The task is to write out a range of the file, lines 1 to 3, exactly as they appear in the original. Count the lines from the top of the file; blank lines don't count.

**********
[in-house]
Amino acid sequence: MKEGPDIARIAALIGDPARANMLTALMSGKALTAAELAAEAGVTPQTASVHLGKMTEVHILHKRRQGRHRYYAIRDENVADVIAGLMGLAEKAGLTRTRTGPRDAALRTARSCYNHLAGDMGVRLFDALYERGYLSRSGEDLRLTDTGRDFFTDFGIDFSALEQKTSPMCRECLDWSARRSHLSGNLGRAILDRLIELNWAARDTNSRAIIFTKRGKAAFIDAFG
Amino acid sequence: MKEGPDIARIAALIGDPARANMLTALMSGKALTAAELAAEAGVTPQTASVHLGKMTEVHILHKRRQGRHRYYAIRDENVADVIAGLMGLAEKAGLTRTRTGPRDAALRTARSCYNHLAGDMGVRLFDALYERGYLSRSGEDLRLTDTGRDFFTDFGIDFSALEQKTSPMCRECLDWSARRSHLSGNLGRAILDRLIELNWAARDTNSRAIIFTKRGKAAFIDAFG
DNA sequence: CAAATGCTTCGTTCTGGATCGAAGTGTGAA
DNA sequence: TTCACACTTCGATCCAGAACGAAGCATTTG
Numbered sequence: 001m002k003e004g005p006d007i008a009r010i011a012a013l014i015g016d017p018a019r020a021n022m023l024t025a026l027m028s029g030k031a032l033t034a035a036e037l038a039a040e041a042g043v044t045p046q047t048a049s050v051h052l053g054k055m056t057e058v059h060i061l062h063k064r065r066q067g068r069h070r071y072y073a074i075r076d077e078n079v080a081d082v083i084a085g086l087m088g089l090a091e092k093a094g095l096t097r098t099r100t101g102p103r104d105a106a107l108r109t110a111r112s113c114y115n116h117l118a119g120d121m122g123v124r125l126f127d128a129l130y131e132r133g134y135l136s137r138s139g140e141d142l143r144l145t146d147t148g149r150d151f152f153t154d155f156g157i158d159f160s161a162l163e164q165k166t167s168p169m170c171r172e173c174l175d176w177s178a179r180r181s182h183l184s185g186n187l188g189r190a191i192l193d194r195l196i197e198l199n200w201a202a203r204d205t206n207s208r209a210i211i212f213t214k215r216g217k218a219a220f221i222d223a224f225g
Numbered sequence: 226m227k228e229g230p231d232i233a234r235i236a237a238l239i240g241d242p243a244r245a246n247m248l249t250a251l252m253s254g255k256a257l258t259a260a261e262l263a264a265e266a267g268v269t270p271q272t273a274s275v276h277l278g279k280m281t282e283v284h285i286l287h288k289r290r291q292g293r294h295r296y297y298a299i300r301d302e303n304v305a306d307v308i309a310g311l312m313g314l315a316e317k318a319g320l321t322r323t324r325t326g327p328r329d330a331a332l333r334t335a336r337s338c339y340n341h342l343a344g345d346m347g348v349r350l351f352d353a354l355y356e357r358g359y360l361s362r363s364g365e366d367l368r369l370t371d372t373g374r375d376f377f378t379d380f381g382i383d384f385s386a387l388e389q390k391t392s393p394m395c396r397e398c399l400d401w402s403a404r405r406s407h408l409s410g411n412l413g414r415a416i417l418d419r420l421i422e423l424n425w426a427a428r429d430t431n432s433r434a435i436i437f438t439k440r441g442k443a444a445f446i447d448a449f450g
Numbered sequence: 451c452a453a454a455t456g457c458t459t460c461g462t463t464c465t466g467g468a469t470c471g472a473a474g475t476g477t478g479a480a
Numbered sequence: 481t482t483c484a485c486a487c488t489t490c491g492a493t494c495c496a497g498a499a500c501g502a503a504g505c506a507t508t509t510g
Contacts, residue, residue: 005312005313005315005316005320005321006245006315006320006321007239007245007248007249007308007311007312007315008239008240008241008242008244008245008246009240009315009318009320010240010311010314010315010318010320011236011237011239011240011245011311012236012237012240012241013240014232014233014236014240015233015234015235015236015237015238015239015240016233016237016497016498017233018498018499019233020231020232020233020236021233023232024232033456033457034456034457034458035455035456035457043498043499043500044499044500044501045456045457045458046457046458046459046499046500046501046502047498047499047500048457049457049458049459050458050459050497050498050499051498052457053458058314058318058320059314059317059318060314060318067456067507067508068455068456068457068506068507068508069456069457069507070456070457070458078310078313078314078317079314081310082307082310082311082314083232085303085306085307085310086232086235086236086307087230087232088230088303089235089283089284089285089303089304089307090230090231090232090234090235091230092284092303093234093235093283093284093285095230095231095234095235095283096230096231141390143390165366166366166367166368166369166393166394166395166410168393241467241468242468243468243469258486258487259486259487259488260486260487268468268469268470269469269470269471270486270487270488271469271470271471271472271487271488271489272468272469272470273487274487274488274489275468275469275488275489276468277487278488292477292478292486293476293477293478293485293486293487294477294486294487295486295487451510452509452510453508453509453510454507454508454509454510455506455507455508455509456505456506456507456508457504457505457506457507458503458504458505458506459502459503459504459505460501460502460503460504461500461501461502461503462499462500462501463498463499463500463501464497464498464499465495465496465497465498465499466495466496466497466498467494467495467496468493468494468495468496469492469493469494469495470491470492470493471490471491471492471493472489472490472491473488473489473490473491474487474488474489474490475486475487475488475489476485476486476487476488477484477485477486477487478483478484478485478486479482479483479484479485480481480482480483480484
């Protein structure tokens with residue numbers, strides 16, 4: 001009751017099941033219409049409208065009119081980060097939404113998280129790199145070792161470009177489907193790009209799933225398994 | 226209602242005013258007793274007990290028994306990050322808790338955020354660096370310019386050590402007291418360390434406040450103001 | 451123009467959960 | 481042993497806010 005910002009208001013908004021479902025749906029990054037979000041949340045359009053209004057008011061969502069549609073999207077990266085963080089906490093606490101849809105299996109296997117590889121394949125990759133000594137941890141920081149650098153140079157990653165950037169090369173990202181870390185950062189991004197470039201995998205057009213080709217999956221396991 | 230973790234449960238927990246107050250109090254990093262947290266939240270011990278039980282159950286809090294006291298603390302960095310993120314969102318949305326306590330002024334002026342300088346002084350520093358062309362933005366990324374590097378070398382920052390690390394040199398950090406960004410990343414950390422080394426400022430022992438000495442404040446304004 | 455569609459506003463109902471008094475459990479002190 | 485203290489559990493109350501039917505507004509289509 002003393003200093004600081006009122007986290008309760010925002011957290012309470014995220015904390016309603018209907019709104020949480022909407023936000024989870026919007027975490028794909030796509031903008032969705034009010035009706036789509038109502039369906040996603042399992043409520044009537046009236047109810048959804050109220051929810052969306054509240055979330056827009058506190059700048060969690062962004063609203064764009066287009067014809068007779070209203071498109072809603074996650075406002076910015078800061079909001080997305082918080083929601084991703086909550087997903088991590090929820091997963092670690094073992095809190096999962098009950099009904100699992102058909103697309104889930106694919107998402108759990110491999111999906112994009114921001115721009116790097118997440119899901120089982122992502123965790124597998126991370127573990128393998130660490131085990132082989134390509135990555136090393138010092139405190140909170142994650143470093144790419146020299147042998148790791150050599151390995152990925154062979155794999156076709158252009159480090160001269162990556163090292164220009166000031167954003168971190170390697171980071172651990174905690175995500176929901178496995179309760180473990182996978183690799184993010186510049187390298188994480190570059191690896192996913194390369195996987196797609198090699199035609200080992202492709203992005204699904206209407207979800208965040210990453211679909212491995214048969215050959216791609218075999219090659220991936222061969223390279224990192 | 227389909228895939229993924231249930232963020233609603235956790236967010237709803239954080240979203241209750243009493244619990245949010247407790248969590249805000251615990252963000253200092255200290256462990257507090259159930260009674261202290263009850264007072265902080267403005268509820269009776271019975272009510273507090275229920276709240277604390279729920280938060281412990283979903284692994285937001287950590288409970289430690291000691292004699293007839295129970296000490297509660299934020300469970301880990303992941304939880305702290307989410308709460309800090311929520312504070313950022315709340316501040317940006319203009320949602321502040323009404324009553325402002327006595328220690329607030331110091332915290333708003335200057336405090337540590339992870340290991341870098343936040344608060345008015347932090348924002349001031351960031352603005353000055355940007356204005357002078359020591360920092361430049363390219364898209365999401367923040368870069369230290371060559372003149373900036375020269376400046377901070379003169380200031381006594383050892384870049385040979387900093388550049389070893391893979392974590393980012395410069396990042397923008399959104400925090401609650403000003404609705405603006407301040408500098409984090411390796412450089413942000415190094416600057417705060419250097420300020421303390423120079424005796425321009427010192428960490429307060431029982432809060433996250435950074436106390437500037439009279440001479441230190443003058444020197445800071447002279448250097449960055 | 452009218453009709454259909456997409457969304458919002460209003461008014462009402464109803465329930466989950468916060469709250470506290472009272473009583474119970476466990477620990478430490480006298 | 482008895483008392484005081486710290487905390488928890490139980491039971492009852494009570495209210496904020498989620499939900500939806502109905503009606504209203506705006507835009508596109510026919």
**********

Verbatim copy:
[in-house]
Amino acid sequence: MKEGPDIARIAALIGDPARANMLTALMSGKALTAAELAAEAGVTPQTASVHLGKMTEVHILHKRRQGRHRYYAIRDENVADVIAGLMGLAEKAGLTRTRTGPRDAALRTARSCYNHLAGDMGVRLFDALYERGYLSRSGEDLRLTDTGRDFFTDFGIDFSALEQKTSPMCRECLDWSARRSHLSGNLGRAILDRLIELNWAARDTNSRAIIFTKRGKAAFIDAFG
Amino acid sequence: MKEGPDIARIAALIGDPARANMLTALMSGKALTAAELAAEAGVTPQTASVHLGKMTEVHILHKRRQGRHRYYAIRDENVADVIAGLMGLAEKAGLTRTRTGPRDAALRTARSCYNHLAGDMGVRLFDALYERGYLSRSGEDLRLTDTGRDFFTDFGIDFSALEQKTSPMCRECLDWSARRSHLSGNLGRAILDRLIELNWAARDTNSRAIIFTKRGKAAFIDAFG